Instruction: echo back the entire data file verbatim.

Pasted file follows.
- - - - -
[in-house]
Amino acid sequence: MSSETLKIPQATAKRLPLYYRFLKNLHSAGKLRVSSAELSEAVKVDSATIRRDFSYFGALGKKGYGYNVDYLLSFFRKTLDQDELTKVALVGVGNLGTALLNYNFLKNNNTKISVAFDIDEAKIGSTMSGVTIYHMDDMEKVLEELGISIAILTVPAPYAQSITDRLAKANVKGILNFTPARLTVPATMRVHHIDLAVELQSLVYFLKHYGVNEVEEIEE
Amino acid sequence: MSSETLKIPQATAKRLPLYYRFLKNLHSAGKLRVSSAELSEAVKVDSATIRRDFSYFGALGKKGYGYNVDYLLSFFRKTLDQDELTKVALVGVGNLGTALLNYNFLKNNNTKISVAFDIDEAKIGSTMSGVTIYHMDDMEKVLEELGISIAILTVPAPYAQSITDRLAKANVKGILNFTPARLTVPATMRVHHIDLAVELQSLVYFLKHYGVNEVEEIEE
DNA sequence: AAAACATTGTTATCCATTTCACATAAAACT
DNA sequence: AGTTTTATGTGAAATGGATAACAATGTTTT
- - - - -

[in-house]
Amino acid sequence: MSSETLKIPQATAKRLPLYYRFLKNLHSAGKLRVSSAELSEAVKVDSATIRRDFSYFGALGKKGYGYNVDYLLSFFRKTLDQDELTKVALVGVGNLGTALLNYNFLKNNNTKISVAFDIDEAKIGSTMSGVTIYHMDDMEKVLEELGISIAILTVPAPYAQSITDRLAKANVKGILNFTPARLTVPATMRVHHIDLAVELQSLVYFLKHYGVNEVEEIEE
Amino acid sequence: MSSETLKIPQATAKRLPLYYRFLKNLHSAGKLRVSSAELSEAVKVDSATIRRDFSYFGALGKKGYGYNVDYLLSFFRKTLDQDELTKVALVGVGNLGTALLNYNFLKNNNTKISVAFDIDEAKIGSTMSGVTIYHMDDMEKVLEELGISIAILTVPAPYAQSITDRLAKANVKGILNFTPARLTVPATMRVHHIDLAVELQSLVYFLKHYGVNEVEEIEE
DNA sequence: AAAACATTGTTATCCATTTCACATAAAACT
DNA sequence: AGTTTTATGTGAAATGGATAACAATGTTTT